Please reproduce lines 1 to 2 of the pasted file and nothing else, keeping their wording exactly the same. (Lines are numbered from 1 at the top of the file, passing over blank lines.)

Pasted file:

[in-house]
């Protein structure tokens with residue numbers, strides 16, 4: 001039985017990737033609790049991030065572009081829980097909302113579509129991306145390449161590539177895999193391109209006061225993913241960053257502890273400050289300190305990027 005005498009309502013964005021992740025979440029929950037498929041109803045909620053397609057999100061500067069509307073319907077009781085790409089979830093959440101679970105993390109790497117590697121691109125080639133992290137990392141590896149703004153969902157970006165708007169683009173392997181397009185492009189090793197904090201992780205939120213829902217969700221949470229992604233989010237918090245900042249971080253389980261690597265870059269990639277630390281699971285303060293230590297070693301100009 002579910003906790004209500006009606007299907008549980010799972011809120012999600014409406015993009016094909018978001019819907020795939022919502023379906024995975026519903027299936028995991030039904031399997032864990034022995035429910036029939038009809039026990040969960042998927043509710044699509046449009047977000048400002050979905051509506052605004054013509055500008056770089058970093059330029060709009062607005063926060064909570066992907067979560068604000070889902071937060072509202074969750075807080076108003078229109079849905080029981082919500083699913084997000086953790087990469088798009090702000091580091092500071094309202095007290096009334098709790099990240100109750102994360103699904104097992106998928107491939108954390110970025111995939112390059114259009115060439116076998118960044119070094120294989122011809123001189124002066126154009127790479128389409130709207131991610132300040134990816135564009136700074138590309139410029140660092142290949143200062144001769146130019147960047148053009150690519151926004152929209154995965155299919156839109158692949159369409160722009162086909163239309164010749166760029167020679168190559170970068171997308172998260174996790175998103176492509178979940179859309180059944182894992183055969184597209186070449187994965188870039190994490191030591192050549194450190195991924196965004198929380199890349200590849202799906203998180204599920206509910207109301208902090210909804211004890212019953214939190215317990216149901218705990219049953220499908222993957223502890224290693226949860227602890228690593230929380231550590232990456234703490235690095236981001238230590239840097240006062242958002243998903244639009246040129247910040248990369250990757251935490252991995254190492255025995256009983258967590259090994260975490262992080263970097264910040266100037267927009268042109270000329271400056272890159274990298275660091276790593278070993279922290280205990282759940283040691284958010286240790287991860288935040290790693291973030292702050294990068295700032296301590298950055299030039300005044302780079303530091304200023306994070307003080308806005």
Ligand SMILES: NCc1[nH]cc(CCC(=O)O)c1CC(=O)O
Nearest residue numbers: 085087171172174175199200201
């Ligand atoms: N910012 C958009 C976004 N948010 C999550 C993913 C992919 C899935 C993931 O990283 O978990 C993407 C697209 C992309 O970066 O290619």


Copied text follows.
[in-house]
């Protein structure tokens with residue numbers, strides 16, 4: 001039985017990737033609790049991030065572009081829980097909302113579509129991306145390449161590539177895999193391109209006061225993913241960053257502890273400050289300190305990027 005005498009309502013964005021992740025979440029929950037498929041109803045909620053397609057999100061500067069509307073319907077009781085790409089979830093959440101679970105993390109790497117590697121691109125080639133992290137990392141590896149703004153969902157970006165708007169683009173392997181397009185492009189090793197904090201992780205939120213829902217969700221949470229992604233989010237918090245900042249971080253389980261690597265870059269990639277630390281699971285303060293230590297070693301100009 002579910003906790004209500006009606007299907008549980010799972011809120012999600014409406015993009016094909018978001019819907020795939022919502023379906024995975026519903027299936028995991030039904031399997032864990034022995035429910036029939038009809039026990040969960042998927043509710044699509046449009047977000048400002050979905051509506052605004054013509055500008056770089058970093059330029060709009062607005063926060064909570066992907067979560068604000070889902071937060072509202074969750075807080076108003078229109079849905080029981082919500083699913084997000086953790087990469088798009090702000091580091092500071094309202095007290096009334098709790099990240100109750102994360103699904104097992106998928107491939108954390110970025111995939112390059114259009115060439116076998118960044119070094120294989122011809123001189124002066126154009127790479128389409130709207131991610132300040134990816135564009136700074138590309139410029140660092142290949143200062144001769146130019147960047148053009150690519151926004152929209154995965155299919156839109158692949159369409160722009162086909163239309164010749166760029167020679168190559170970068171997308172998260174996790175998103176492509178979940179859309180059944182894992183055969184597209186070449187994965188870039190994490191030591192050549194450190195991924196965004198929380199890349200590849202799906203998180204599920206509910207109301208902090210909804211004890212019953214939190215317990216149901218705990219049953220499908222993957223502890224290693226949860227602890228690593230929380231550590232990456234703490235690095236981001238230590239840097240006062242958002243998903244639009246040129247910040248990369250990757251935490252991995254190492255025995256009983258967590259090994260975490262992080263970097264910040266100037267927009268042109270000329271400056272890159274990298275660091276790593278070993279922290280205990282759940283040691284958010286240790287991860288935040290790693291973030292702050294990068295700032296301590298950055299030039300005044302780079303530091304200023306994070307003080308806005």